I was in Standard Fourth when Aditya Chopra’s ‘Dilwale Dulhaniya Le Jaenge’ had released. Most of my cousins and friends in the school had seen it and they couldn’t stop raving about it. I remember coaxing and nagging my father (who isn’t a movie enthusiast) for the tickets and he obliged after a couple of weeks. Those days we didn’t have any vehicle, so mounting on a cycle-rickshaw with me sitting on my mother’s lap in the chilling winters of Jaipur we went to ‘Rajmandir’ for the night show. I saw the film again in Bombay with my cousins in the 1996 summer vacations. I saw it yet again in 2006 in Noida when the multiplexes re-released it for some reason. And I see it again every time it is aired on the television. Such was the euphoria of the film that more than our school lessons we grew up by hearting the famous dialogues from the film and even today we have this silly competition of ‘Who remembers the exact dialogues before the actors in the film speak’ every time it is played on the cable.
Most love stories made in those times often saw the hero & heroine defying their parents and running away, either to get married or to get killed by the parents. DDLJ came with a breath of fresh air where neither the lovers fought against the entire world nor did they succumb to the bullets in slow motion; here the lovers submitted to the older generations’ authority and made a strong moral case which they eventually won! DDLJ was also the ‘coolest’ ever film to be made and that too at a time when India was at the cusp of globalization and liberalization. From Shah Rukh’s leather jackets to Kajol’s halter neck gowns; from Tang to Strauh’s beer; from Yamaha bike to bullet trains – everything about the film was trendy and cool.
The brilliance of DDLJ lies in the fact that it blended tradition with modernity till one could hardly distinguish between the two. Here, we had a wife who fasts for her husband on Karwa Chauth (traditional) but she is also a mother who is strong (modern?) enough to go against her husband’s diktat and ask her daughter to elope. We had a Simran who is engaged but she dares and falls in love with someone on a trip (modern); however, the thought that she had sex with him freaks her out (traditional?). We also had the lover boy Raj who falls in love with Simran but is not game towards the idea of eloping without the blessings of his lover’s parents (traditional). The film depicts this battle between the past and the present, and between individual desire and societal customs. Hence, I respectfully disagree with folks who argue that the film was ‘regressive’.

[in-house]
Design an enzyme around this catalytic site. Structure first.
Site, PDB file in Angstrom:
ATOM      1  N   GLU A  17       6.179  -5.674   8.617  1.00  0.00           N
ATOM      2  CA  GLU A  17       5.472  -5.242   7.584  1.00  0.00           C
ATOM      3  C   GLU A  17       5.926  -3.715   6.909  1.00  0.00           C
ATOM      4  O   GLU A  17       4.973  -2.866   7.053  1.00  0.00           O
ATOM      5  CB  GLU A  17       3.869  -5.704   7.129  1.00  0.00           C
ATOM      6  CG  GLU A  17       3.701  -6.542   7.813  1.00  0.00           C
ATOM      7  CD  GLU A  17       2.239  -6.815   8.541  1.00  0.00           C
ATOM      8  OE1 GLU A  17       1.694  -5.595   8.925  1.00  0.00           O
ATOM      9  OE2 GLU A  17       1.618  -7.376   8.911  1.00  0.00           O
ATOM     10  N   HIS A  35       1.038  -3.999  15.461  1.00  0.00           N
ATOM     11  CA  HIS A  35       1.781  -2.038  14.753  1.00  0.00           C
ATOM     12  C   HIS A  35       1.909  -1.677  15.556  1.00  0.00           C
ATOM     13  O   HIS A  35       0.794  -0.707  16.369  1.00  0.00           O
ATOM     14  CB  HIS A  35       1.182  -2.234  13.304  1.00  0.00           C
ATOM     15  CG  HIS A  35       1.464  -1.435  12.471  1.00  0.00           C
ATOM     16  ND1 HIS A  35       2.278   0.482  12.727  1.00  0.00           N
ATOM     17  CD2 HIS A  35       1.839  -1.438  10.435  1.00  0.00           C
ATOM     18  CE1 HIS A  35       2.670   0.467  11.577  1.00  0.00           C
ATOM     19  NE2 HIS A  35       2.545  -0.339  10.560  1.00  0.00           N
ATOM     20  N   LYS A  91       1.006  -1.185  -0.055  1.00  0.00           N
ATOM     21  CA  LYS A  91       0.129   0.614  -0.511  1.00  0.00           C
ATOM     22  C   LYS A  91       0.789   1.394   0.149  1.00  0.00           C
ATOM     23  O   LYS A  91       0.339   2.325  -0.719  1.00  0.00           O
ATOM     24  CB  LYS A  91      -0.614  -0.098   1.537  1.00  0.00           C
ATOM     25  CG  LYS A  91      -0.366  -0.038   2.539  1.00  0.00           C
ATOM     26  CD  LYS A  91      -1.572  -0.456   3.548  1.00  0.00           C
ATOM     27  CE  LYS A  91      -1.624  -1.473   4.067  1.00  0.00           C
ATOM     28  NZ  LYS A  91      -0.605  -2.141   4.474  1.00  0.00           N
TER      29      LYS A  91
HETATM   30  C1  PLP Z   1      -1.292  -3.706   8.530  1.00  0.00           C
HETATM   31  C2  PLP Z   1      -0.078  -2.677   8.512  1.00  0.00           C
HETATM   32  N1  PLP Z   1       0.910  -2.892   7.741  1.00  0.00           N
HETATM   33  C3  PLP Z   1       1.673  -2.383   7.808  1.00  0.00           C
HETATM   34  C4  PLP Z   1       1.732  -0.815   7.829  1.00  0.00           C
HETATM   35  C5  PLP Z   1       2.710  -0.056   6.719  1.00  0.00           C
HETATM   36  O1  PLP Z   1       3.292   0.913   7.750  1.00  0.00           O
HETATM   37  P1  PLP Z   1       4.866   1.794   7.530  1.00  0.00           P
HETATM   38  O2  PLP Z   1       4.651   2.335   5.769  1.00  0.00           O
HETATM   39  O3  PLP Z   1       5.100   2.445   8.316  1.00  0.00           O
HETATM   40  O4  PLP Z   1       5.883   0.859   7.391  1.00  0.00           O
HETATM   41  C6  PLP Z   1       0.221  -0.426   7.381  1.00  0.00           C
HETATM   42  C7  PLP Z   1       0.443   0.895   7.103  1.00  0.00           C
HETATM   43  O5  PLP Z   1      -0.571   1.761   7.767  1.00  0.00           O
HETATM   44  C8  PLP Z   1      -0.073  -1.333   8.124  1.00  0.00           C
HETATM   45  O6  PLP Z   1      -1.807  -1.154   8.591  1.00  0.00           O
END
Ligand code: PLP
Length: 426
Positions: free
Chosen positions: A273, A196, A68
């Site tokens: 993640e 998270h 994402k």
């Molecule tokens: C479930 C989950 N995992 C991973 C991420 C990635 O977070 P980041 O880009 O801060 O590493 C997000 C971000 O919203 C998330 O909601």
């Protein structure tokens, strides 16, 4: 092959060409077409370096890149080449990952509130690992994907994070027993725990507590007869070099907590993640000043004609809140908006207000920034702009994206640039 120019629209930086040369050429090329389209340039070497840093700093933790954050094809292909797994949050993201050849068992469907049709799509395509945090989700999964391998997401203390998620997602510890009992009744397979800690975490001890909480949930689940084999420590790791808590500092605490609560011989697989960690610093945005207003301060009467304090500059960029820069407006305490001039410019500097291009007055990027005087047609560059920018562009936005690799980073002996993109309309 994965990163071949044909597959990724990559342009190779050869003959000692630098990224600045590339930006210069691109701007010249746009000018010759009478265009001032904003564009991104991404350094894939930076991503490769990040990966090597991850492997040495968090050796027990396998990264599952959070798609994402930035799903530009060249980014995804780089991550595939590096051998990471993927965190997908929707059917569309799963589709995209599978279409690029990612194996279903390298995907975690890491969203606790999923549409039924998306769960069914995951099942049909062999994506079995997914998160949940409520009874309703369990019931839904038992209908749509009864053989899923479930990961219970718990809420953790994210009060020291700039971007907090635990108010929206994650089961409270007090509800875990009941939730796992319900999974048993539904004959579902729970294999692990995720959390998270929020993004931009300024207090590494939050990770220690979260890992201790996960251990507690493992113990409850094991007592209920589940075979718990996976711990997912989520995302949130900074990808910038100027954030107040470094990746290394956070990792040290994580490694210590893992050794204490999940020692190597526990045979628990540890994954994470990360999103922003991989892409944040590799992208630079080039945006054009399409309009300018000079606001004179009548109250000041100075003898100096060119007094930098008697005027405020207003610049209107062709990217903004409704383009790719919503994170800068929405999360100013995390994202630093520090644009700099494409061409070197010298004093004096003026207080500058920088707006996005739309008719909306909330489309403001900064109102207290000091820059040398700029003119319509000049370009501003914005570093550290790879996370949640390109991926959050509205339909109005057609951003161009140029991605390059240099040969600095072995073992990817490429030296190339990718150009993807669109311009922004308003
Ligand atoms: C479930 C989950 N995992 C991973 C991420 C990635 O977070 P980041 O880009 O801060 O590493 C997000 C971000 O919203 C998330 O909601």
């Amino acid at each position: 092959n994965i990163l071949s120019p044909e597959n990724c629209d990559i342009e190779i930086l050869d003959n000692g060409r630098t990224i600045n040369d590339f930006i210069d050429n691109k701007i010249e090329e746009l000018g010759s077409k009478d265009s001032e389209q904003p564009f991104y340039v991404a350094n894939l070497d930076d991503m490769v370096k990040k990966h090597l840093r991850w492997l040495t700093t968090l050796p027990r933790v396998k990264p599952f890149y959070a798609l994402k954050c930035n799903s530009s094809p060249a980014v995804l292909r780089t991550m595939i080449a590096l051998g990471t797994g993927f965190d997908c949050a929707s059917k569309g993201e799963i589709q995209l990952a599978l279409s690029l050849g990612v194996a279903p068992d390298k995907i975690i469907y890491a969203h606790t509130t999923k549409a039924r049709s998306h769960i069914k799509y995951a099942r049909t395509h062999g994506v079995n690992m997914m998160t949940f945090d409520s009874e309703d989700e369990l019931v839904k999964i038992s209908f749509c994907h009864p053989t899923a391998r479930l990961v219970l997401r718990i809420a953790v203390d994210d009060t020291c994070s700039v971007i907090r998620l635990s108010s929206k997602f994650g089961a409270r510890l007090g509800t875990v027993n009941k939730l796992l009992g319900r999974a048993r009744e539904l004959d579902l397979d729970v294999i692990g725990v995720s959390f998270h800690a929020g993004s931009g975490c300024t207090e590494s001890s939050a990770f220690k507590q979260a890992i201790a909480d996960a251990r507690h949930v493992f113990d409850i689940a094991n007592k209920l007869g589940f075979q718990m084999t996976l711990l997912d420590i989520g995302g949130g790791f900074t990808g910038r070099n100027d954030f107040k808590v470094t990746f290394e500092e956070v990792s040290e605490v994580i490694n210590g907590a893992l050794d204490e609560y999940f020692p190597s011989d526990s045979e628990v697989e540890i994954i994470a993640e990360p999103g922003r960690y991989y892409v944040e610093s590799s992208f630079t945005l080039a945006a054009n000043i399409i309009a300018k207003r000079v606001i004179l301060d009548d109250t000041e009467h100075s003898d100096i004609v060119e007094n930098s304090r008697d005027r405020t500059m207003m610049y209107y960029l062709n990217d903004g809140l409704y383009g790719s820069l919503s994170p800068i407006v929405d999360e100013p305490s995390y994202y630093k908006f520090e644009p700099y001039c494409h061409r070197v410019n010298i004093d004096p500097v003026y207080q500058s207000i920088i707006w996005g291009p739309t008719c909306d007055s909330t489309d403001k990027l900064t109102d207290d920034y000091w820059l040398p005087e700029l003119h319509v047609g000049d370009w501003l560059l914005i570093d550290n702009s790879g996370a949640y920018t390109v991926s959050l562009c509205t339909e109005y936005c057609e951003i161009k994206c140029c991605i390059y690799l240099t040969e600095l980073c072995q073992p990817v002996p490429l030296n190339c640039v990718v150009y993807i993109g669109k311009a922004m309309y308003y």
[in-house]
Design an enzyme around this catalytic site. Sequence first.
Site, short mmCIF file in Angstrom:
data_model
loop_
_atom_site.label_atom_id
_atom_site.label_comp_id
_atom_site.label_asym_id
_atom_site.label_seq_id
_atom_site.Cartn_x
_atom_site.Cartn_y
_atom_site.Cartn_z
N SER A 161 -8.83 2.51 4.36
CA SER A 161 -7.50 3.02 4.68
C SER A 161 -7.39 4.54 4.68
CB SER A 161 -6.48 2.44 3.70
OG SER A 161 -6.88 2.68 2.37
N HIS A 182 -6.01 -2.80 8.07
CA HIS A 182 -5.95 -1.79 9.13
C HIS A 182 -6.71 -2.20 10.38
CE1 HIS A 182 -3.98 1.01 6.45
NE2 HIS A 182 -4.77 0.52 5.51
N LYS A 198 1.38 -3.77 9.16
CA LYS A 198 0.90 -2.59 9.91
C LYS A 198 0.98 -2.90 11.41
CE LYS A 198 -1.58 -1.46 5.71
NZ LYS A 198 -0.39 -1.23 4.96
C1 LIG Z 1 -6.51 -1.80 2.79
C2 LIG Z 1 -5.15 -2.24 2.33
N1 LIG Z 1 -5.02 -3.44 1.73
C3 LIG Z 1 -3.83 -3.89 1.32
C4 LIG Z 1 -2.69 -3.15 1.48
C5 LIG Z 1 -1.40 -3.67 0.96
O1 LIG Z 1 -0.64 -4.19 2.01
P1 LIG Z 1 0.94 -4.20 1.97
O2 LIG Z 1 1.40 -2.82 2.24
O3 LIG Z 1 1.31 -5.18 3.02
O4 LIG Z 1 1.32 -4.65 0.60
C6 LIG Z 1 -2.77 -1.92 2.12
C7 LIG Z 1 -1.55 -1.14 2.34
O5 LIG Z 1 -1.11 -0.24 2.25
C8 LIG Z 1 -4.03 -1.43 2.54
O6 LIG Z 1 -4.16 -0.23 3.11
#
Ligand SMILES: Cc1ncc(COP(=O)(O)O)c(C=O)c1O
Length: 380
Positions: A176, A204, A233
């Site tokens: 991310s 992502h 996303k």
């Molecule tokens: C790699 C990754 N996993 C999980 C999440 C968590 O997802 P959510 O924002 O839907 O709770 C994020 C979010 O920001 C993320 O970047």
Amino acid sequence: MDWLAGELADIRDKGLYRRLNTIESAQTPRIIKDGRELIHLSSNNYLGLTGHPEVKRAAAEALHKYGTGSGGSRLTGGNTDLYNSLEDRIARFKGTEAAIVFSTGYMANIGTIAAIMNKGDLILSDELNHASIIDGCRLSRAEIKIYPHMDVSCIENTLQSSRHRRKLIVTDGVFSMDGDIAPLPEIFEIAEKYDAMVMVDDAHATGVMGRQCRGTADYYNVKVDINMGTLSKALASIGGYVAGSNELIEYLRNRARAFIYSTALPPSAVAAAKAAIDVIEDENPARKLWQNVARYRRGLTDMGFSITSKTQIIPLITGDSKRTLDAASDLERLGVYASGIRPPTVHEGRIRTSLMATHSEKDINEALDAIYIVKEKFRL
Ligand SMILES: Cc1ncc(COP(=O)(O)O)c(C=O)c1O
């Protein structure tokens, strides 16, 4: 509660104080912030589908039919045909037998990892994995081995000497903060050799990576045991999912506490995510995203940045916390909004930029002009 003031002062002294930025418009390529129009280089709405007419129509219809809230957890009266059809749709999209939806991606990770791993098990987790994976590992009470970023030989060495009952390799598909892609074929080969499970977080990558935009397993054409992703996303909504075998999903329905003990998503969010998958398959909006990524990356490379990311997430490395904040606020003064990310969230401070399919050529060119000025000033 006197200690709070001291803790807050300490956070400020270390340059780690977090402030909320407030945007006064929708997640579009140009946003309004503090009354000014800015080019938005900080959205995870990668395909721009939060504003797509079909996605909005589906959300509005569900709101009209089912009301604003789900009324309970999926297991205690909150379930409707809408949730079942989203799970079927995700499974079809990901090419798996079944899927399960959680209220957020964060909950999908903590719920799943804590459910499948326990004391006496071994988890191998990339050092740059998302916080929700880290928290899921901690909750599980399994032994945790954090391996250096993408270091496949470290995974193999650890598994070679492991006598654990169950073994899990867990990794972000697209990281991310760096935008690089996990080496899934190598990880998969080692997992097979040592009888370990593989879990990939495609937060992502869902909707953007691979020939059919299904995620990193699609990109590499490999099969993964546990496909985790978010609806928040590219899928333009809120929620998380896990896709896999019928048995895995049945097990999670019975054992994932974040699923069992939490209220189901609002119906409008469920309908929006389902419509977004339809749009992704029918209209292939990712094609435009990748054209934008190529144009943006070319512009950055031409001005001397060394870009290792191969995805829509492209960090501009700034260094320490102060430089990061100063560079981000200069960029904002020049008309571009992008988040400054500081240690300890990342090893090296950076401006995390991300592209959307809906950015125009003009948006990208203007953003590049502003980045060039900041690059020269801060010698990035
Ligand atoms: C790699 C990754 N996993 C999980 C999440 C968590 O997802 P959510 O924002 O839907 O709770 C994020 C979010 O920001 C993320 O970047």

One of the many reasons I love the film is because of the old world charm it has. Had it been made today, Raj & Simran would have had sex the moment Simran knocked off after sipping Cognac. But, here we had a couple who never even say the ‘3 magical words’ to each other but love each other unabashedly and passionately. In fact, Raj & Simran singing ‘Tujhe Dekha Toh’ in mustard field is greater than an bloody sex scene in movies. Aah! The magic of Shah Rukh and Kajol who became the eternally romantic onscreen couple after this and even today there is no one who can match their chemistry both on screen and off screen.
I wouldn’t be wrong if I say that it taught an entire generation to fall in love. Shah Rukh of course made it difficult for boys like us as every girl expected us to be ‘Raj’. However, it gave us hope. If a girl in college made an eye-contact with us then we all would turn to God and say ‘Palat’ because if she did then it somewhere meant that she liked us. We all wanted to impress the mothers just like Raj helped Simran’s mother because it clearly meant that half your battle is won. “What if you have fallen in love, with someone like me?” The hypothetical situation was many times enacted whenever we wanted to test our chances with someone. Oh! And how can I forget keeping ‘Karwa Chauth’ fast just like Raj did for Simran?
DDLJ is a film which has heart at the right place. Even after watching the film umpteenth number of times, I still can’t hold my tears when Farida Jalal talks about the sacrifices of women with her daughter and I can’t stop smilling when Simran finally hold Raj’s hand and boards the train.
DDLJ is the bible of onscreen romance in films. It is like an old wine whose taste has only become better with each passing year. 1000 weeks? Give me 1000 more!
My favorite moments from the film: